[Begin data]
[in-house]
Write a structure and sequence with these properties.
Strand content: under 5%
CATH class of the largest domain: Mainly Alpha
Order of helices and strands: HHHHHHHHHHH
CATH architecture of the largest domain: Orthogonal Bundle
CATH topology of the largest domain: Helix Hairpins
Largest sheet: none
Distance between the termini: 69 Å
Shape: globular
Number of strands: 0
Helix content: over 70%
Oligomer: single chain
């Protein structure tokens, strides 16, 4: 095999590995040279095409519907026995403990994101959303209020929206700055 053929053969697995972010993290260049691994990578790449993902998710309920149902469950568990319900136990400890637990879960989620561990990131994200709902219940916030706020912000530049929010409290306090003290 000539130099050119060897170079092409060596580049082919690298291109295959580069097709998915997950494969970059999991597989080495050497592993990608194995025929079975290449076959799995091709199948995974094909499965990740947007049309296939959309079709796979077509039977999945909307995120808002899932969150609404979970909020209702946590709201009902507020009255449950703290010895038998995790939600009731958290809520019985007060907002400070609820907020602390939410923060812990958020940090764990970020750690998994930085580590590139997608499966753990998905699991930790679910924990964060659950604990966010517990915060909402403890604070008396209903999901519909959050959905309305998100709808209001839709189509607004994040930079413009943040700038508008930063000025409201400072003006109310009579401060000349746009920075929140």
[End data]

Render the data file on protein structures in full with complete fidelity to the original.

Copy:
[in-house]
Write a structure and sequence with these properties.
Strand content: under 5%
CATH class of the largest domain: Mainly Alpha
Order of helices and strands: HHHHHHHHHHH
CATH architecture of the largest domain: Orthogonal Bundle
CATH topology of the largest domain: Helix Hairpins
Largest sheet: none
Distance between the termini: 69 Å
Shape: globular
Number of strands: 0
Helix content: over 70%
Oligomer: single chain
């Protein structure tokens, strides 16, 4: 095999590995040279095409519907026995403990994101959303209020929206700055 053929053969697995972010993290260049691994990578790449993902998710309920149902469950568990319900136990400890637990879960989620561990990131994200709902219940916030706020912000530049929010409290306090003290 000539130099050119060897170079092409060596580049082919690298291109295959580069097709998915997950494969970059999991597989080495050497592993990608194995025929079975290449076959799995091709199948995974094909499965990740947007049309296939959309079709796979077509039977999945909307995120808002899932969150609404979970909020209702946590709201009902507020009255449950703290010895038998995790939600009731958290809520019985007060907002400070609820907020602390939410923060812990958020940090764990970020750690998994930085580590590139997608499966753990998905699991930790679910924990964060659950604990966010517990915060909402403890604070008396209903999901519909959050959905309305998100709808209001839709189509607004994040930079413009943040700038508008930063000025409201400072003006109310009579401060000349746009920075929140």